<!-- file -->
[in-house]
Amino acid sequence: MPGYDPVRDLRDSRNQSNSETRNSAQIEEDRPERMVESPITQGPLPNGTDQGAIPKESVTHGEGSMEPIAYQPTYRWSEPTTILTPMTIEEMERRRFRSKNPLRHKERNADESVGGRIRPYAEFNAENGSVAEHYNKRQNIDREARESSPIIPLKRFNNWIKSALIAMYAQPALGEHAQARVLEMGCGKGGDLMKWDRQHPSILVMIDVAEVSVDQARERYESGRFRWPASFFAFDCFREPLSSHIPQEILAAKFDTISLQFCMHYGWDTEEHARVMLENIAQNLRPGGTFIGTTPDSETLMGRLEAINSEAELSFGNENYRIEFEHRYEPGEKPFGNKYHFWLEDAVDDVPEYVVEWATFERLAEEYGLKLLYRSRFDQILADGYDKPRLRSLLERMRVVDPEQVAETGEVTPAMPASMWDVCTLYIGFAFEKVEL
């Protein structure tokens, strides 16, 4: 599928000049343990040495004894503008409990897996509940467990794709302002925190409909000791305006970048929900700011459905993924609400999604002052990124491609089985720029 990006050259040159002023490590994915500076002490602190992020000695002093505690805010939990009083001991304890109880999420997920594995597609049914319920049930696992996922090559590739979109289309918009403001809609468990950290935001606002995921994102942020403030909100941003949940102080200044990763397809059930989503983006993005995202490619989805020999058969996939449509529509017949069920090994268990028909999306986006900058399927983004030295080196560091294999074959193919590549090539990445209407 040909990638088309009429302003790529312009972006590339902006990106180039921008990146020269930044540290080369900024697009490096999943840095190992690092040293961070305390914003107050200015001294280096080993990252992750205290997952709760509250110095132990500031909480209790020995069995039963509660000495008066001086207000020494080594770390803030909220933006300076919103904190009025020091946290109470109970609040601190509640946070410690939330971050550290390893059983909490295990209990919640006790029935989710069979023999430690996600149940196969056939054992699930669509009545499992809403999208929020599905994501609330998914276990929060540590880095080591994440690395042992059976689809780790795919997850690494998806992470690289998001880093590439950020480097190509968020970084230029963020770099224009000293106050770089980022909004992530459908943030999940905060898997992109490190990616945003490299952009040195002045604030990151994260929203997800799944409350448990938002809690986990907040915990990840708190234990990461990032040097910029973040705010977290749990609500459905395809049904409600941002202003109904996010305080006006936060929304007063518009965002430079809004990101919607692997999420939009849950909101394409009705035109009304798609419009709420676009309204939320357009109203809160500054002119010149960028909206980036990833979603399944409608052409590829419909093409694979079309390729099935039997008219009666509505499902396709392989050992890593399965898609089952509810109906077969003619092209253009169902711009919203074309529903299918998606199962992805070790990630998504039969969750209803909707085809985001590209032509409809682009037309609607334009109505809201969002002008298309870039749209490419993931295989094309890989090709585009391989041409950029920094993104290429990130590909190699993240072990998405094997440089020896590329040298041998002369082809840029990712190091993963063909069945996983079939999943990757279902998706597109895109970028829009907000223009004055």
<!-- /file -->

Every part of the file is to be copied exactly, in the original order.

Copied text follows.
[in-house]
Amino acid sequence: MPGYDPVRDLRDSRNQSNSETRNSAQIEEDRPERMVESPITQGPLPNGTDQGAIPKESVTHGEGSMEPIAYQPTYRWSEPTTILTPMTIEEMERRRFRSKNPLRHKERNADESVGGRIRPYAEFNAENGSVAEHYNKRQNIDREARESSPIIPLKRFNNWIKSALIAMYAQPALGEHAQARVLEMGCGKGGDLMKWDRQHPSILVMIDVAEVSVDQARERYESGRFRWPASFFAFDCFREPLSSHIPQEILAAKFDTISLQFCMHYGWDTEEHARVMLENIAQNLRPGGTFIGTTPDSETLMGRLEAINSEAELSFGNENYRIEFEHRYEPGEKPFGNKYHFWLEDAVDDVPEYVVEWATFERLAEEYGLKLLYRSRFDQILADGYDKPRLRSLLERMRVVDPEQVAETGEVTPAMPASMWDVCTLYIGFAFEKVEL
């Protein structure tokens, strides 16, 4: 599928000049343990040495004894503008409990897996509940467990794709302002925190409909000791305006970048929900700011459905993924609400999604002052990124491609089985720029 990006050259040159002023490590994915500076002490602190992020000695002093505690805010939990009083001991304890109880999420997920594995597609049914319920049930696992996922090559590739979109289309918009403001809609468990950290935001606002995921994102942020403030909100941003949940102080200044990763397809059930989503983006993005995202490619989805020999058969996939449509529509017949069920090994268990028909999306986006900058399927983004030295080196560091294999074959193919590549090539990445209407 040909990638088309009429302003790529312009972006590339902006990106180039921008990146020269930044540290080369900024697009490096999943840095190992690092040293961070305390914003107050200015001294280096080993990252992750205290997952709760509250110095132990500031909480209790020995069995039963509660000495008066001086207000020494080594770390803030909220933006300076919103904190009025020091946290109470109970609040601190509640946070410690939330971050550290390893059983909490295990209990919640006790029935989710069979023999430690996600149940196969056939054992699930669509009545499992809403999208929020599905994501609330998914276990929060540590880095080591994440690395042992059976689809780790795919997850690494998806992470690289998001880093590439950020480097190509968020970084230029963020770099224009000293106050770089980022909004992530459908943030999940905060898997992109490190990616945003490299952009040195002045604030990151994260929203997800799944409350448990938002809690986990907040915990990840708190234990990461990032040097910029973040705010977290749990609500459905395809049904409600941002202003109904996010305080006006936060929304007063518009965002430079809004990101919607692997999420939009849950909101394409009705035109009304798609419009709420676009309204939320357009109203809160500054002119010149960028909206980036990833979603399944409608052409590829419909093409694979079309390729099935039997008219009666509505499902396709392989050992890593399965898609089952509810109906077969003619092209253009169902711009919203074309529903299918998606199962992805070790990630998504039969969750209803909707085809985001590209032509409809682009037309609607334009109505809201969002002008298309870039749209490419993931295989094309890989090709585009391989041409950029920094993104290429990130590909190699993240072990998405094997440089020896590329040298041998002369082809840029990712190091993963063909069945996983079939999943990757279902998706597109895109970028829009907000223009004055």